Today, the Holy Father ended the joint chairmanship of both commissions, by naming Cardinal Tauran, Archivist and Librarian of the Apostolic See, to head the Pontifical Council for Interreligious Dialogue. Tauran was a very important member of the Sodano entourage (as Secretary of Relations with States, Foreign Secretary of the Vatican, a position now occupied by another Frenchman, Archbishop Dominique Mamberti), but was consigned to a golden early retirement as Archivist and Librarian of the Holy See in 2003.

Cardinal Tauran will begin his activities in the Pontifical Council for Interreligious Dialogue on September 1, 2007. He will be replaced in his current positions by the present prefect of the Apostolic Library, Raffaele Farina, who in his turn will be replaced in his position by the Vice-Prefect of the Ambrosian Library, the Library of the Archdiocese of Milan, Cesare Pasini.

Is it Trautman? Is it an English Bishop?

No, it is the new Archbishop of São Paulo, Brazil (and an almost certain future Cardinal of the Holy Roman Church), Odilo Pedro Scherer, named by Pope Benedict to replace the Prefect for Clergy, who says the following about the Traditional Latin Mass (or any Mass in Latin, actually...) :

The Mass in Latin is not a new thing about which the Pope speaks in the Apostolic Exhortation Sacramentum Caritatis. Even after the Second Vatican Council, there has always been the possibility of celebrating Mass in Latin. Of course, one will not celebrate in Latin with the people, who cannot understand it. What there is now is that some desire the return of the ancient liturgy. This creates some unease for raising the suspicion that what is wanted is to change the decisions of the Second Vatican Council. What was done with Paul VI, with John Paul II, and which is kept now is the authorization for some groups which have asked for the possibility of using the liturgy of the Council of Trent. This has been granted, now to will that this be once again extended to all the Church, indiscriminately, seems to me more complicated, and I do not see that it may happen. It is said that the Pope would be preparing a motu proprio widening the use of the ancient liturgy, but what is specifically happening must be seen. There is nothing concrete up to the moment.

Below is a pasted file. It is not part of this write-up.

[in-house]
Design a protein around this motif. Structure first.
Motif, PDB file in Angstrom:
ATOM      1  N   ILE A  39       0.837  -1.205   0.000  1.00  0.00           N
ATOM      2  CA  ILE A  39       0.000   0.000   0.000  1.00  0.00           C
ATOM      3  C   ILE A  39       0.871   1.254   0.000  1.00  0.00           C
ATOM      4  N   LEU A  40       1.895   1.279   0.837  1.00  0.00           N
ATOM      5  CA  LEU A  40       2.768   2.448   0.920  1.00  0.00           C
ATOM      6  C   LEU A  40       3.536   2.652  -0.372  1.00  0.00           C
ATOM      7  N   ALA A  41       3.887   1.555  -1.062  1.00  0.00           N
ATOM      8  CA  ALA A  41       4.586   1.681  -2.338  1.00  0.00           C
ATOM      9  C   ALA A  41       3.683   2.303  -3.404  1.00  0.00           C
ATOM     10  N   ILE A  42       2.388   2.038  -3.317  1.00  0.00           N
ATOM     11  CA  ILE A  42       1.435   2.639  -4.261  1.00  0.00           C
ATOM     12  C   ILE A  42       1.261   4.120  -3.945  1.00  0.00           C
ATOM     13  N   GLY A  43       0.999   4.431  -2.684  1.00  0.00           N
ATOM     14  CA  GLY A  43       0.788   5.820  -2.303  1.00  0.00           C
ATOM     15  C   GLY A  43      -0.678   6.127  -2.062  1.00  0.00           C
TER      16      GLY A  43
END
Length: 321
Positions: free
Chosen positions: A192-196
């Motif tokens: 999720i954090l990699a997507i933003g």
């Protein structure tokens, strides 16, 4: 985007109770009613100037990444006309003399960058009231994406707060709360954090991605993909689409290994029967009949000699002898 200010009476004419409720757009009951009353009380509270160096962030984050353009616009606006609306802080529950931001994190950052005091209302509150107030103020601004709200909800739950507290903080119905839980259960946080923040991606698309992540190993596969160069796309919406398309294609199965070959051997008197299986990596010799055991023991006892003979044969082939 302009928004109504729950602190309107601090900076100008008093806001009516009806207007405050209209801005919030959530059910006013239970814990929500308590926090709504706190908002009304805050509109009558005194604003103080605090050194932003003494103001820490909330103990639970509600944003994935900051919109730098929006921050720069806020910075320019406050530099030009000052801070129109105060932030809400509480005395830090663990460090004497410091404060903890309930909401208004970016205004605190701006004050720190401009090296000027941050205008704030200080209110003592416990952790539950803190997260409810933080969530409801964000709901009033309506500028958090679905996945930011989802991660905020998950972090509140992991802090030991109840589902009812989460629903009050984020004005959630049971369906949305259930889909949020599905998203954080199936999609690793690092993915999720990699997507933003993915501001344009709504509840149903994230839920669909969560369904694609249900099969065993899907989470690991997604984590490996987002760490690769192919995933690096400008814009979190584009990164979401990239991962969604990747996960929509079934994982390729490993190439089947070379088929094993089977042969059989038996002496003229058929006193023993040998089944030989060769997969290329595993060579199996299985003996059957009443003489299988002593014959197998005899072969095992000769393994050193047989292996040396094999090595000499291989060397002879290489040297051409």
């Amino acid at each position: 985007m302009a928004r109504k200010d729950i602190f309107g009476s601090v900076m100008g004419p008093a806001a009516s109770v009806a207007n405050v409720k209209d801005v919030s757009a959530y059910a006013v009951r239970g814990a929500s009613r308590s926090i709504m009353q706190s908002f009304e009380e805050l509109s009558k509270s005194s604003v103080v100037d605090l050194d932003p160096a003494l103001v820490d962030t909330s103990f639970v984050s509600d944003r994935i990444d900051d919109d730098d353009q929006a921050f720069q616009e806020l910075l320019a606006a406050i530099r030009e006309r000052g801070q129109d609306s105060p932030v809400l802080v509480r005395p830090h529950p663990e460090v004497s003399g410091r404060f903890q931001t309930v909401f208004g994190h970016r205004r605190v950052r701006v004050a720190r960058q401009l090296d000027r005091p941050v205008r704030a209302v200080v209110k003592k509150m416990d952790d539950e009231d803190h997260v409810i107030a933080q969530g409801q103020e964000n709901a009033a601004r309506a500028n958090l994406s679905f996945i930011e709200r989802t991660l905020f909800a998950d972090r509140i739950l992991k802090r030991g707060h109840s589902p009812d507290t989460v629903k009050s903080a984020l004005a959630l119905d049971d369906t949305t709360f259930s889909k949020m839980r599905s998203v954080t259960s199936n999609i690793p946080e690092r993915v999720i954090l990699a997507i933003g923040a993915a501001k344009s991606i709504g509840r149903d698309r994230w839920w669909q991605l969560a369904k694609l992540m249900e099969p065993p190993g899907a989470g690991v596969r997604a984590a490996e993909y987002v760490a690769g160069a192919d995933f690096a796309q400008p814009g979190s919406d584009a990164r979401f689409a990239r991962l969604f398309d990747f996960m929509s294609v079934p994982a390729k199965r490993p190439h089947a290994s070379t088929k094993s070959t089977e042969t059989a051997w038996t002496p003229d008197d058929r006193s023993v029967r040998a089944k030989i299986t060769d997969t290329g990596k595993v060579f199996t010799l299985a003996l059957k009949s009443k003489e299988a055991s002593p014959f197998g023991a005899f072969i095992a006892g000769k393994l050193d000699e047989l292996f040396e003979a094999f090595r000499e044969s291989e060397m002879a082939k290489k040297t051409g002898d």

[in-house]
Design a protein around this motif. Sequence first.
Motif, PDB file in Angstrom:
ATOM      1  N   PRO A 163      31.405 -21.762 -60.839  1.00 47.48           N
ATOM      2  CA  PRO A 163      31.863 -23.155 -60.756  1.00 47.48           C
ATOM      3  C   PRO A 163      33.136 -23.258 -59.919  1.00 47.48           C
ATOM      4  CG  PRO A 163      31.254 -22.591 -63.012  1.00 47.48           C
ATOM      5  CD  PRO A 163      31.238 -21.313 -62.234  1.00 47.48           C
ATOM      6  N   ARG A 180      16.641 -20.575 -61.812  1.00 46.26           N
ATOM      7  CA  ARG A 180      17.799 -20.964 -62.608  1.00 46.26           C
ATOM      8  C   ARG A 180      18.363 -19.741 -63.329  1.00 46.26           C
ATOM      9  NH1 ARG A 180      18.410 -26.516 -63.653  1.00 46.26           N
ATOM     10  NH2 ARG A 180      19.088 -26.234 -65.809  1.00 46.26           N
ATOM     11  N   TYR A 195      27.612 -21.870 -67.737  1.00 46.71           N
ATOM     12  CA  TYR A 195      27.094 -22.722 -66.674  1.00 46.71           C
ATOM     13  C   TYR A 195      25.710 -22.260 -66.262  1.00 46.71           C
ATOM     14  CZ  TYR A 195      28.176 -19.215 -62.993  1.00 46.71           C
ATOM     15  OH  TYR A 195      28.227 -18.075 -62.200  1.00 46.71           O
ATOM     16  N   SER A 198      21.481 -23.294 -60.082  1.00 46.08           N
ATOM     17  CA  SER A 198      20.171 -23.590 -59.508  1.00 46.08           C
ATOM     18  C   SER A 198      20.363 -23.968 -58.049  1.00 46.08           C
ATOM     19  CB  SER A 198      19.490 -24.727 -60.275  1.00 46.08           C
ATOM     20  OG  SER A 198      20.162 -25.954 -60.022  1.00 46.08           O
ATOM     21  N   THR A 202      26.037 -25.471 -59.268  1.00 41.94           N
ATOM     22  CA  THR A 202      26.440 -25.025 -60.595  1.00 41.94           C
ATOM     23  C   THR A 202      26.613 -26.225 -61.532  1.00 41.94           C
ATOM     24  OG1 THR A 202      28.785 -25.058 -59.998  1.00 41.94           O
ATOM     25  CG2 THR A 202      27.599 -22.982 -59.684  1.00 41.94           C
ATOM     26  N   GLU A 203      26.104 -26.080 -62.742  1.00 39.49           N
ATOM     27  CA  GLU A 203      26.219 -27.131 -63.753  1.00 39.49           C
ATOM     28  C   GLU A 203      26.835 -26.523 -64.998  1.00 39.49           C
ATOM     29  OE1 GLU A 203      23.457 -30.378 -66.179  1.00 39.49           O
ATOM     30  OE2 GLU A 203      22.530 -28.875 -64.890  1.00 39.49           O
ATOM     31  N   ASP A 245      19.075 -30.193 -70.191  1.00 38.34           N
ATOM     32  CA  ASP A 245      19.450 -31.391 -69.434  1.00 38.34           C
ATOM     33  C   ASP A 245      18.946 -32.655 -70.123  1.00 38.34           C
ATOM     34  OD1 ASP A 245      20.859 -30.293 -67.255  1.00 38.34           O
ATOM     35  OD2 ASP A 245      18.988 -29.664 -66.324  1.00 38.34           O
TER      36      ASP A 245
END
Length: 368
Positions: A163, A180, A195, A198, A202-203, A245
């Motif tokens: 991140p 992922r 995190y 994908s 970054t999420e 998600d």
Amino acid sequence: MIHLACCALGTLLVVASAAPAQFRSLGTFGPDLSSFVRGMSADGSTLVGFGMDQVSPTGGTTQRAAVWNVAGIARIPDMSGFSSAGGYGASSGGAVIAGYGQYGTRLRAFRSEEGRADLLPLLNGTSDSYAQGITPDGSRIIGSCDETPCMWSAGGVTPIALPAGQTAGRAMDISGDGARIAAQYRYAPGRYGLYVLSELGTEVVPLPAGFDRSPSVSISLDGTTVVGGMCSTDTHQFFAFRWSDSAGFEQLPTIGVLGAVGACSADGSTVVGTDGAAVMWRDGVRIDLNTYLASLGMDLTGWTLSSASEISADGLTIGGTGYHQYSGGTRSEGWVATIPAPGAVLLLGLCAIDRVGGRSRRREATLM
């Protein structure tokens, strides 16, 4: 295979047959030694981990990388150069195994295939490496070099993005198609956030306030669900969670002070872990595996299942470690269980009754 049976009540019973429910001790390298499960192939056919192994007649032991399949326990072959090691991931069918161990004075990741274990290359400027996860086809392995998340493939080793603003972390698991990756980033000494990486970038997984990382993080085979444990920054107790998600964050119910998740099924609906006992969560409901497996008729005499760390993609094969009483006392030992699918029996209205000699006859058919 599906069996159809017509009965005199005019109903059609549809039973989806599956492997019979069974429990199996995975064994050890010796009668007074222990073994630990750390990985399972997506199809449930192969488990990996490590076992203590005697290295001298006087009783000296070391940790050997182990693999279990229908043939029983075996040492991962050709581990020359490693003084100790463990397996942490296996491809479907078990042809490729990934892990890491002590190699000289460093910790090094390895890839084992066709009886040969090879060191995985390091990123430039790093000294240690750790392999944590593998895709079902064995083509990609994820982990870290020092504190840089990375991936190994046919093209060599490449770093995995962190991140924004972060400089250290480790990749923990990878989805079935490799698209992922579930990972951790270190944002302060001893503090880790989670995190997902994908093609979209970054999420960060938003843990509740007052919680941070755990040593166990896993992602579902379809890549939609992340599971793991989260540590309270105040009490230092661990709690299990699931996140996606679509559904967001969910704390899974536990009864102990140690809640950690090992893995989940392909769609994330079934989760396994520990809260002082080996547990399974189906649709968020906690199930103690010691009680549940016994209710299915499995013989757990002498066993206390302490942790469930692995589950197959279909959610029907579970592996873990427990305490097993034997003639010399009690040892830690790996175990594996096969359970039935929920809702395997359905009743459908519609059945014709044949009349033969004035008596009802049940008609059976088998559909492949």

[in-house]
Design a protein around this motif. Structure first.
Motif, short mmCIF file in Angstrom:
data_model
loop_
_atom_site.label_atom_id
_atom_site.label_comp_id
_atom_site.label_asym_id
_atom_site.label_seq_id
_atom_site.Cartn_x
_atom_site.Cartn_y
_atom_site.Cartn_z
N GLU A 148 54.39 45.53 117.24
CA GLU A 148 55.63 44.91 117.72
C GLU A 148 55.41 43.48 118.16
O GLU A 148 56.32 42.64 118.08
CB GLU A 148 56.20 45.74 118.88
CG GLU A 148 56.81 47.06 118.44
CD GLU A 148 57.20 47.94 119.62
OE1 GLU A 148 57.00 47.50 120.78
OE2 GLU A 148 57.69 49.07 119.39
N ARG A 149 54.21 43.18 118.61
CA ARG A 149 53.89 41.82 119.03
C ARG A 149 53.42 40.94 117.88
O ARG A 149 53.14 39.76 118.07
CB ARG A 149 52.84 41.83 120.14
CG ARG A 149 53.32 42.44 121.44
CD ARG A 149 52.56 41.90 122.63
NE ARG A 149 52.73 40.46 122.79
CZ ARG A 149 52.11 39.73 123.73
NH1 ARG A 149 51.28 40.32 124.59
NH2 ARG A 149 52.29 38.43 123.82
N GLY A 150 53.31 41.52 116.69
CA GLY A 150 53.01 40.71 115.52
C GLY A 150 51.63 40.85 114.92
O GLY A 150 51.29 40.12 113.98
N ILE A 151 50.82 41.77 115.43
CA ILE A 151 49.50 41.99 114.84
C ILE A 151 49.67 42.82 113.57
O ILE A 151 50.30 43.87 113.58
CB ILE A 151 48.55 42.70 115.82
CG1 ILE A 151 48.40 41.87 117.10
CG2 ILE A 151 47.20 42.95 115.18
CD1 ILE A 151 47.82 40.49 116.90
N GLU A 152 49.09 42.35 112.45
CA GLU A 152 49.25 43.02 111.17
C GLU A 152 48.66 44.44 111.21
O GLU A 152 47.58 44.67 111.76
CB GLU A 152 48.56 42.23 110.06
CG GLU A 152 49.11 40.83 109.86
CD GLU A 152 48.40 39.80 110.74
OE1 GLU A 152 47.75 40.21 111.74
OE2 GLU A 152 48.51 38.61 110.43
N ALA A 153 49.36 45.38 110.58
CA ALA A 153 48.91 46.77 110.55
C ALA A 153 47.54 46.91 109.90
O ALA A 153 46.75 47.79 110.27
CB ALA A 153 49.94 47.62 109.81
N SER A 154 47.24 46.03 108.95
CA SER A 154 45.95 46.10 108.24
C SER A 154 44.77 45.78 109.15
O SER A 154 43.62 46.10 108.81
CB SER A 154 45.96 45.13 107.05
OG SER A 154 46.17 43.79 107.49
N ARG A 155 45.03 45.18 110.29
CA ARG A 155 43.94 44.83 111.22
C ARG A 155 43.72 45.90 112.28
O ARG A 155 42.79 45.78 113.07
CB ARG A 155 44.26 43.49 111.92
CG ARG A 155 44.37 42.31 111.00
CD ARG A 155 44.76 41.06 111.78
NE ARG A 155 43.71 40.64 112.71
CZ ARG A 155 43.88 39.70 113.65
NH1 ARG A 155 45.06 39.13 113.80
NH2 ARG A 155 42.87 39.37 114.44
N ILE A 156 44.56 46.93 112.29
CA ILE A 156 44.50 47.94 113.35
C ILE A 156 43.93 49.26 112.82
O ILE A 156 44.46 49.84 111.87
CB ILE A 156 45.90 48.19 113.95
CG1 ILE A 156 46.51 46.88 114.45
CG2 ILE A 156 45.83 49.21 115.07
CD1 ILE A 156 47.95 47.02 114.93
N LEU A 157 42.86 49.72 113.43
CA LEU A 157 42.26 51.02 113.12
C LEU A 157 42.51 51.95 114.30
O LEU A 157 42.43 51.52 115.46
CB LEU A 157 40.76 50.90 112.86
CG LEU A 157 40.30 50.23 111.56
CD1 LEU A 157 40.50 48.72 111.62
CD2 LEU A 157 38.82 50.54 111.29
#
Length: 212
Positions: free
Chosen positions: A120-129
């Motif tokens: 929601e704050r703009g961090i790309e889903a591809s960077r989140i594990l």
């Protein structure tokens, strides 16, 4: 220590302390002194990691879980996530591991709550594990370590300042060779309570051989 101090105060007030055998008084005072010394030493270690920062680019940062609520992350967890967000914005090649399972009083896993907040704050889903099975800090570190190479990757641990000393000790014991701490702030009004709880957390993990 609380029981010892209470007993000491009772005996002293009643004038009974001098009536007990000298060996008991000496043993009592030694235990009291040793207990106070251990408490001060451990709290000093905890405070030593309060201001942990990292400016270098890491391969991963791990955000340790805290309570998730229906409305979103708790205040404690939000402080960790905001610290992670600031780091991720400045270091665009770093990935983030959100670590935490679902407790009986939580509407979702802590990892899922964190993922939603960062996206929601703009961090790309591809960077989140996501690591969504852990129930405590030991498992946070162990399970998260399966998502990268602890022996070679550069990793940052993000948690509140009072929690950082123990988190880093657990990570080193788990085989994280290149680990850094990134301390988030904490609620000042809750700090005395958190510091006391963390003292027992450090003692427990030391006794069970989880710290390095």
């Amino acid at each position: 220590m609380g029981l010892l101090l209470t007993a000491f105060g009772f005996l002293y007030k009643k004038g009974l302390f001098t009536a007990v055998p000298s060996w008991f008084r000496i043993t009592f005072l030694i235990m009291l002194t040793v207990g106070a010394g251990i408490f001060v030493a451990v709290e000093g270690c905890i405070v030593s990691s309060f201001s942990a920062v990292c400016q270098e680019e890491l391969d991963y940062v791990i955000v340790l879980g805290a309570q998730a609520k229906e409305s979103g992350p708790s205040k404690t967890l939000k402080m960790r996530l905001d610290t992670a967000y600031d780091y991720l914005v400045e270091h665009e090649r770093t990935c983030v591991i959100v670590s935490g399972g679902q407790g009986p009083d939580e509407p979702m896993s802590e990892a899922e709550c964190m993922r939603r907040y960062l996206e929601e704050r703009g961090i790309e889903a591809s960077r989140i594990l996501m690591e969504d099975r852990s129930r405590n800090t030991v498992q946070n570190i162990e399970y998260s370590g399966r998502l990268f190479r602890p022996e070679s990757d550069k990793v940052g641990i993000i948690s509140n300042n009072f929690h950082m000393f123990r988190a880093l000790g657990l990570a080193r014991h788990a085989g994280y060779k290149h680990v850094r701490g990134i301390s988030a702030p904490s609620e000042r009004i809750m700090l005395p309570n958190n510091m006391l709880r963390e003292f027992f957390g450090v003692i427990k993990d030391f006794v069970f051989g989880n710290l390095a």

Tip: reader. Source.


Regarding the Archbishop of Westminster, we would like to share the following e-mail sent to us by another reader, Mr David Werling, a response to an e-mail message sent by him to the Archdiocese:

Dear Mr. Werling,

The Cardinal has asked me to write and thank you for your email. The Cardinal would wish to assure you that he has done nothing to thwart the publication of the motu proprio on the liberalization of the Traditional Latin Mass. Assuming it is published before long, the Cardinal will do everything in his power to apply it generously.

With kind wishes,

Yours sincerely,

Mgr Mark O'Toole
Private Secretary

Mgr O'Toole does not deny that the Cardinal may have sent a letter to the Pope regarding the matter, as the Telegraph had published, simply that he has "done nothing", in his own opinion, naturally, "to thwart the publication of the motu proprio". We are glad that "the Cardinal will do everything in his power to apply it generously"...


Recess for one week: Relevant news may be posted at any time.

Cloud of Witnesses v. "Great Cosmic Mystery"

Professor Robert T. Miller presents what we believe is the best web-review so far of the ... indescribable document of the International Theological Commission (ITC) on the fate of unbaptized children. Some excerpts:

The ITC has now issued its document. (...) For all its faults, however, the document gets right the essential point: “Our conclusion is that [there are] . . . grounds for hope that unbaptized infants will be saved and enjoy the beatific vision” (no. 102), but “the church does not have sure knowledge about the salvation of unbaptized infants” because “the destiny of . . . infants who die without baptism has not been revealed to us, and the church teaches and judges only with regard to what has been revealed” (no. 79). In other words, after 42 pages, 135 footnotes, and more than 22,000 words, the ITC has said no more than what the Catechism had said back in 1994: (...).